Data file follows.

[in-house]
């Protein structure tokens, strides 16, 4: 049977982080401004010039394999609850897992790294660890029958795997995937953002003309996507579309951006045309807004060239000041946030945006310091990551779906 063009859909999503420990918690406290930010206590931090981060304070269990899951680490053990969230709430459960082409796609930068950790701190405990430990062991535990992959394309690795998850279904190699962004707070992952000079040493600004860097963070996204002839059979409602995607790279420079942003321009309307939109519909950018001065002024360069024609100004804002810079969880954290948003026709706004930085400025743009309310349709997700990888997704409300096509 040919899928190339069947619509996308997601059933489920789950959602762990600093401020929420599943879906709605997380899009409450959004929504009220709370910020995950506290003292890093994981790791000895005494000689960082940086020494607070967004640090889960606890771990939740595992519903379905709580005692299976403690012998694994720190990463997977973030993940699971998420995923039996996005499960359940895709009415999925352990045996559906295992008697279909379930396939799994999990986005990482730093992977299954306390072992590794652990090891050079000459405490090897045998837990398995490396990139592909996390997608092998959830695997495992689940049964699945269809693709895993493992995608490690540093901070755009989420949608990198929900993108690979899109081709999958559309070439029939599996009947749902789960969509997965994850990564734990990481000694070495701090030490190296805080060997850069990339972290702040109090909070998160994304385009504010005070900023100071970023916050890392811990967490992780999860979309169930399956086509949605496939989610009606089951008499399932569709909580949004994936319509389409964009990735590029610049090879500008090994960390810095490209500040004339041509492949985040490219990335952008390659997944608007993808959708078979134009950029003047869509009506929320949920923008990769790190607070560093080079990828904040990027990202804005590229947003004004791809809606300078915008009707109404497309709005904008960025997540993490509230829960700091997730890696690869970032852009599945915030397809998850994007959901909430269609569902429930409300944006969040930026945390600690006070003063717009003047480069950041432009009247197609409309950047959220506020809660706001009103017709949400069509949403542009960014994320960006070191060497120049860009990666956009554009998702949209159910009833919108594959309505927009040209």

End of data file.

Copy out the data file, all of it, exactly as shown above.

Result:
[in-house]
């Protein structure tokens, strides 16, 4: 049977982080401004010039394999609850897992790294660890029958795997995937953002003309996507579309951006045309807004060239000041946030945006310091990551779906 063009859909999503420990918690406290930010206590931090981060304070269990899951680490053990969230709430459960082409796609930068950790701190405990430990062991535990992959394309690795998850279904190699962004707070992952000079040493600004860097963070996204002839059979409602995607790279420079942003321009309307939109519909950018001065002024360069024609100004804002810079969880954290948003026709706004930085400025743009309310349709997700990888997704409300096509 040919899928190339069947619509996308997601059933489920789950959602762990600093401020929420599943879906709605997380899009409450959004929504009220709370910020995950506290003292890093994981790791000895005494000689960082940086020494607070967004640090889960606890771990939740595992519903379905709580005692299976403690012998694994720190990463997977973030993940699971998420995923039996996005499960359940895709009415999925352990045996559906295992008697279909379930396939799994999990986005990482730093992977299954306390072992590794652990090891050079000459405490090897045998837990398995490396990139592909996390997608092998959830695997495992689940049964699945269809693709895993493992995608490690540093901070755009989420949608990198929900993108690979899109081709999958559309070439029939599996009947749902789960969509997965994850990564734990990481000694070495701090030490190296805080060997850069990339972290702040109090909070998160994304385009504010005070900023100071970023916050890392811990967490992780999860979309169930399956086509949605496939989610009606089951008499399932569709909580949004994936319509389409964009990735590029610049090879500008090994960390810095490209500040004339041509492949985040490219990335952008390659997944608007993808959708078979134009950029003047869509009506929320949920923008990769790190607070560093080079990828904040990027990202804005590229947003004004791809809606300078915008009707109404497309709005904008960025997540993490509230829960700091997730890696690869970032852009599945915030397809998850994007959901909430269609569902429930409300944006969040930026945390600690006070003063717009003047480069950041432009009247197609409309950047959220506020809660706001009103017709949400069509949403542009960014994320960006070191060497120049860009990666956009554009998702949209159910009833919108594959309505927009040209």